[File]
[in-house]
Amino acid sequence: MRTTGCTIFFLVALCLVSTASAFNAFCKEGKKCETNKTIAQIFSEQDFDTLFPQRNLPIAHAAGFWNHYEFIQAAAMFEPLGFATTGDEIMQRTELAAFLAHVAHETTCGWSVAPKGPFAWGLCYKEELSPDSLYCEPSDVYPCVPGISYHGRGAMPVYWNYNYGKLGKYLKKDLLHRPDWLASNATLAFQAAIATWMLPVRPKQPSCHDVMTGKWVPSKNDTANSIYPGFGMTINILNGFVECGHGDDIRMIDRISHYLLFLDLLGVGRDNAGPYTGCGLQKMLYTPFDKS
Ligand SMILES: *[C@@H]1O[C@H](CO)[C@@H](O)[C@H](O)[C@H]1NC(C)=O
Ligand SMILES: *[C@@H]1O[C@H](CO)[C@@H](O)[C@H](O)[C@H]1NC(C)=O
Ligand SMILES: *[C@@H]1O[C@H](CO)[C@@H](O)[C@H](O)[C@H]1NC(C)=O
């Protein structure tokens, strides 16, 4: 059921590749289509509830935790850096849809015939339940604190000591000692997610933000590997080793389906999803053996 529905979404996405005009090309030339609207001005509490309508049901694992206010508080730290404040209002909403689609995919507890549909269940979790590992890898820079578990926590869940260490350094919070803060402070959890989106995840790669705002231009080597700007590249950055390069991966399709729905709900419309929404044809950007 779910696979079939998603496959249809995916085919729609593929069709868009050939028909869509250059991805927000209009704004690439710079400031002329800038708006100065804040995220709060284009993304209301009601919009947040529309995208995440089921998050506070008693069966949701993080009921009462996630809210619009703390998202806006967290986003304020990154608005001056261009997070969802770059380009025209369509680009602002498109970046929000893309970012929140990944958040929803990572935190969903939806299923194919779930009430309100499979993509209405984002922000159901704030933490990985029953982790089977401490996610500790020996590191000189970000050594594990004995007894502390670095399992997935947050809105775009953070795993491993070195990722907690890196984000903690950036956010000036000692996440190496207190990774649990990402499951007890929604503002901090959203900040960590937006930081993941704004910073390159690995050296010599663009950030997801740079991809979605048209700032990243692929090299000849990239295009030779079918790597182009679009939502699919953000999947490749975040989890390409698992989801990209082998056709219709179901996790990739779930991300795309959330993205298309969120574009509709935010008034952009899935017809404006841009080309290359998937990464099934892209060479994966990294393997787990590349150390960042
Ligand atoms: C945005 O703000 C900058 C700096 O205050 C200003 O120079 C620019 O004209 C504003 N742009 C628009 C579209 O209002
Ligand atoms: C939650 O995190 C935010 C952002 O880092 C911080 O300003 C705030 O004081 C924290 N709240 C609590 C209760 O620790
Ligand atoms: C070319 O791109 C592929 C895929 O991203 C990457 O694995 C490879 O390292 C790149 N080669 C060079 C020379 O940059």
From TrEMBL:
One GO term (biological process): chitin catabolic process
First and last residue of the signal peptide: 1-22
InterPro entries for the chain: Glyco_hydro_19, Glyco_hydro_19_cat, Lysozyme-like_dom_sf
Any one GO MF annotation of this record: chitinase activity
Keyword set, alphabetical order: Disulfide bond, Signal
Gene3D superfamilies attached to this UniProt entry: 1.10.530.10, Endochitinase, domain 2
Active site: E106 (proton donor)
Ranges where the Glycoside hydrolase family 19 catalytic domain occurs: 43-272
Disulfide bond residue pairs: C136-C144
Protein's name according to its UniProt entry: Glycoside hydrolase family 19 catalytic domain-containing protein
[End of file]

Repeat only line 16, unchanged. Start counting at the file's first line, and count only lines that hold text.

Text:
Gene3D superfamilies attached to this UniProt entry: 1.10.530.10, Endochitinase, domain 2